Tag Archives: FM-2030

Transcendent Plan

 

One of my oft-quoted sources for future technology is Ray Kurzweil. A brilliant technologist, inventor, and futurist, Kurzweil seems to see it all very clearly, almost as though he were at the helm personally. Some of Kurzweil’s theses are crystal clear for me, such as an imminent approach toward the Singularity in a series of innocuous, ‘seemingly benign,’ steps. I also agree with his Law of Accelerating Returns1 which posits that technology advances exponentially. In a recent interview with the Silicon Valley Business Journal, he nicely illustrated that idea.

“Exponentials are quite seductive because they start out sub-linear. We sequenced one ten-thousandth of the human genome in 1990 and two ten-thousandths in 1991. Halfway through the genome project, 7 ½ years into it, we had sequenced 1 percent. People said, “This is a failure. Seven years, 1 percent. It’s going to take 700 years, just like we said.” Seven years later it was done, because 1 percent is only seven doublings from 100 percent — and it had been doubling every year. We don’t think in these exponential terms. And that exponential growth has continued since the end of the genome project. These technologies are now thousands of times more powerful than they were 13 years ago, when the genome project was completed.”

Kurzweil says the same kinds of leaps are approaching for solar power, resources, disease, and longevity. Our tendency to think linear instead of exponential means that we can deceive ourselves into believing that technologies that, ‘just aren’t there yet,’ are ‘a long way off.’ In reality, they may be right around the corner.

I’m not as solid in my affirmation of Kurzweil (and others) when it comes to some of his other predictions. Without reading too much between the lines, you can see that there is a philosophy that is helping to drive Kurzweil. Namely, he doesn’t want to die. Of course, who does? But his is a quest to deny death on a techno-transcendental level. Christianity holds that eternal life awaits the believer in Jesus Christ, other religions are satisfied that our atoms return to the greater cosmos, or that reincarnation is the next step. It would appear that Kurzweil has no time for faith. His bet on science and technology. He states,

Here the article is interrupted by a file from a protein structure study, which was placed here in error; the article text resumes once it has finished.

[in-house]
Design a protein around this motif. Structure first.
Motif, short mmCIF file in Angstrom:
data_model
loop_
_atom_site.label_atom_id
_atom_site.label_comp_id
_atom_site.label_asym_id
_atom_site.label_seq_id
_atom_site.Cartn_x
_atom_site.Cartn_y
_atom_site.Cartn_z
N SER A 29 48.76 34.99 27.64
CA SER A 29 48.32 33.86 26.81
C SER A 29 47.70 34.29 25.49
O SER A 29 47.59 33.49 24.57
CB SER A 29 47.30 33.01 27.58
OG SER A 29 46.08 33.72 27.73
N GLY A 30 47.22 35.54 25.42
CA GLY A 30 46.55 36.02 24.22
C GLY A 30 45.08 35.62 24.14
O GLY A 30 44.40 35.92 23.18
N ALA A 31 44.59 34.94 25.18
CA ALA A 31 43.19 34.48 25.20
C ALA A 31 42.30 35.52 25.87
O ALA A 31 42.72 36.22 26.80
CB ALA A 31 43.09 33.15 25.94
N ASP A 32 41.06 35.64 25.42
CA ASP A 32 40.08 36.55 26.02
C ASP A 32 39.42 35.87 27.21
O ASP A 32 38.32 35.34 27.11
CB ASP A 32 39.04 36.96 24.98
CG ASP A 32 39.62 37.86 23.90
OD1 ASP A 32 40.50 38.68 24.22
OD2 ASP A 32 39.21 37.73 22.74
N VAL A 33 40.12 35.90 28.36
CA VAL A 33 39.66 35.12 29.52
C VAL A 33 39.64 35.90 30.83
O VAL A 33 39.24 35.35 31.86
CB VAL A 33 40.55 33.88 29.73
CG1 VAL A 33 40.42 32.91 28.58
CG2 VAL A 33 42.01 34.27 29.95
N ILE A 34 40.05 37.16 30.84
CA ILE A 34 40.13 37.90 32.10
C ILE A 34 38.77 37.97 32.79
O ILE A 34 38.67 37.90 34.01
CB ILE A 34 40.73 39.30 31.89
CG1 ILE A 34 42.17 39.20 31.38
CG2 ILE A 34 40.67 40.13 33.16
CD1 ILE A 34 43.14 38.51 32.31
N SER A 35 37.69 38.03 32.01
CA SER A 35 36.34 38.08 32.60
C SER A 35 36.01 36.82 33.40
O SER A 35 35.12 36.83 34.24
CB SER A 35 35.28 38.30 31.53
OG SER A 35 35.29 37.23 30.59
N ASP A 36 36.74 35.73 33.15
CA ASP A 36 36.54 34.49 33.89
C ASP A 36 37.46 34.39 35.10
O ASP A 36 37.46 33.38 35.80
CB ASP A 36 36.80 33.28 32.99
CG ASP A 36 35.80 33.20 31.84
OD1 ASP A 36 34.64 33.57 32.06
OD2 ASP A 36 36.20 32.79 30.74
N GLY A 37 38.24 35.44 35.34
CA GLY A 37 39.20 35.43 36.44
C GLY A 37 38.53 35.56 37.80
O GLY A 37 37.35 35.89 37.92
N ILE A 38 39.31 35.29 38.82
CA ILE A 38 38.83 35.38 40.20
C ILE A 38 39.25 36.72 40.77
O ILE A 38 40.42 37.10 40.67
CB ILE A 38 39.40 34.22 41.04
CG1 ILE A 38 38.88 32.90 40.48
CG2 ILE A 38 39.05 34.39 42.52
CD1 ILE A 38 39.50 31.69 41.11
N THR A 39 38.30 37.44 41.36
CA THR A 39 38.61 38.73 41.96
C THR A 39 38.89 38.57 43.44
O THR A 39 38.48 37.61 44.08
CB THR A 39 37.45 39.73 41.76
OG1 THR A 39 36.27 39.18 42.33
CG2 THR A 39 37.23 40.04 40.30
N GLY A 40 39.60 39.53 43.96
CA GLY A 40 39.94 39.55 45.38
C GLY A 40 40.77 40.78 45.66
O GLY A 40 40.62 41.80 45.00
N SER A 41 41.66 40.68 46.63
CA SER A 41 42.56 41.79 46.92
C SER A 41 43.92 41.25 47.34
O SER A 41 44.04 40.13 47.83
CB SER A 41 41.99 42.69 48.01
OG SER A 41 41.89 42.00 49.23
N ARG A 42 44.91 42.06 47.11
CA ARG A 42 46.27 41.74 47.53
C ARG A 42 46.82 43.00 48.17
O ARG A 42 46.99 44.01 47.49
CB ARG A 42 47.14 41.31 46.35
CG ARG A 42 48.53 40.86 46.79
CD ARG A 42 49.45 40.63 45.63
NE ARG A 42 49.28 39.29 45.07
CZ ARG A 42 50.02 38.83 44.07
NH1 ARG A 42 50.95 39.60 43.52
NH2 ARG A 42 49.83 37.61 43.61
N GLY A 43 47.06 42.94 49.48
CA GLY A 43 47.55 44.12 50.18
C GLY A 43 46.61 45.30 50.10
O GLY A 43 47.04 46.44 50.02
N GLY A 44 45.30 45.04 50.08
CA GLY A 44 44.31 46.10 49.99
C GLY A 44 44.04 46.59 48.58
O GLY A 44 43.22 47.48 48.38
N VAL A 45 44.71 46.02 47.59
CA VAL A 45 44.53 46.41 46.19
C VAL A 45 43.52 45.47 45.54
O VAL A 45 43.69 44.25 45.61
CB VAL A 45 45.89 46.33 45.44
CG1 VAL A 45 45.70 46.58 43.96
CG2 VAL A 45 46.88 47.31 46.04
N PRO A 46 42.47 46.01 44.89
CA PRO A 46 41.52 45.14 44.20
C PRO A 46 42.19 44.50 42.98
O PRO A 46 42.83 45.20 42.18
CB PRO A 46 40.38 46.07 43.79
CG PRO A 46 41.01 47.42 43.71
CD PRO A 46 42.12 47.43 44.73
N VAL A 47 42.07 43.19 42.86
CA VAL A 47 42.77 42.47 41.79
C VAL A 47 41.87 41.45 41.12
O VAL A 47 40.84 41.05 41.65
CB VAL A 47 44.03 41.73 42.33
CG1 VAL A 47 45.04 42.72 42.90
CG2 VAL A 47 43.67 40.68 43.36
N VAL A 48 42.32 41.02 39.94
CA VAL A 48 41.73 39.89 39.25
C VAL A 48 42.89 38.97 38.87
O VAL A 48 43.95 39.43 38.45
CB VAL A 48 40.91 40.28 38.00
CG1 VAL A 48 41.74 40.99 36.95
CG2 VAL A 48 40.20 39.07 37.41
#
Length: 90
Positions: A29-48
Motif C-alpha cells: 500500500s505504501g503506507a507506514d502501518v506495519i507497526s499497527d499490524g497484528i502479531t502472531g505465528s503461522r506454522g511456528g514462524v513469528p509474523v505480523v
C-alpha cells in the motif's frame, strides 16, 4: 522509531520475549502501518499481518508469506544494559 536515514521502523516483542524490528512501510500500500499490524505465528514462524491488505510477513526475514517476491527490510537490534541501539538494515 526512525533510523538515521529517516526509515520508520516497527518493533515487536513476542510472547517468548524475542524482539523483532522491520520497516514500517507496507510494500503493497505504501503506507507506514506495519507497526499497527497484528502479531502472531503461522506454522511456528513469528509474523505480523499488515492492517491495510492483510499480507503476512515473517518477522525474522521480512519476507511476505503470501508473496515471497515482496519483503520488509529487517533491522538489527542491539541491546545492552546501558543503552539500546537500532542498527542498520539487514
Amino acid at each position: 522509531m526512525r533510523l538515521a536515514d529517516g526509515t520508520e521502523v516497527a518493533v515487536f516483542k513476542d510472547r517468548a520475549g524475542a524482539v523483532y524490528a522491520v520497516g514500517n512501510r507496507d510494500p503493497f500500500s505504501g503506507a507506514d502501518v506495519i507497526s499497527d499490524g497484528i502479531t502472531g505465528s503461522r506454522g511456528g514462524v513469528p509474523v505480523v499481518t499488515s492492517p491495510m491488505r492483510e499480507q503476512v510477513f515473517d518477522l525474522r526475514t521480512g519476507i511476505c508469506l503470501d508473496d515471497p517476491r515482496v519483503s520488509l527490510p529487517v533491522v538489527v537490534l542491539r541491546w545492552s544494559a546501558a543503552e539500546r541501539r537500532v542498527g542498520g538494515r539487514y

“I think we’re very much on track to have human-level AI by 2029, which has been my consistent prediction for 20 years, and then to be able to send nanobots into the brain in the 2030s and connect our biological neocortex to synthetic neocortex in the cloud.”

In the article mentioned above, Kurzweil states that his quest to live forever is not just about the 200-plus supplements that he takes daily. He refers to this as “Bridge One.” Bridge One buys us time until technology catches up. Then “Bridge Two,” the “biotechnology revolution” takes over and radically extends our life. If all else fails, our mind will be uploaded to Cloud (which will have evolved to a synthetic neocortex), though it remains to be seen whether the sum-total of a mind also equals consciousness in some form.

For many who struggle with the idea of death, religious or not, I wonder if when we dissect it, it is not the fear of physical decrepitude that scares us, but the loss of consciousness; that unique ability of humans to comprehend their world, share language and emotions, to create and contemplate?

I would pose that it is indeed that consciousness that makes us human (along with the injustice at the thought that we feel that we might lose it. It would seem that transcendence is in order. In one scenario this transcendence comes from God, in another ‘we are as Gods.’2

So finally, I wonder whether all of these small, exponentially replicating innovations—culminating to the point where we are accessing Cloud-data only by thinking, or communicating via telepathy, or writing symphonies for eternity—will make us more or less human. If we decide that we are no happier, no more content or fulfilled, is there any going back?

Seeing as it might be right around the corner, we might want to think about these things now rather than later.

 

1. Kurzweil, R. (2001) The Law of Accelerating Returns, KurzweilAI . Kurzweil AI. Available at: http://www.kurzweilai.net/the-law-of-accelerating-returns (Accessed: October 10, 2015). 
2. Brand, Stewart. “WE ARE AS GODS.” The Whole Earth Catalog, September 1968, 1-58. Accessed May 04, 2015. http://www.wholeearth.com/issue/1010/article/195/we.are.as.gods.
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We are as gods…

 

“We are as gods and might as well get good at it.”

— Stewart Brand (1968) Whole Earth Catalog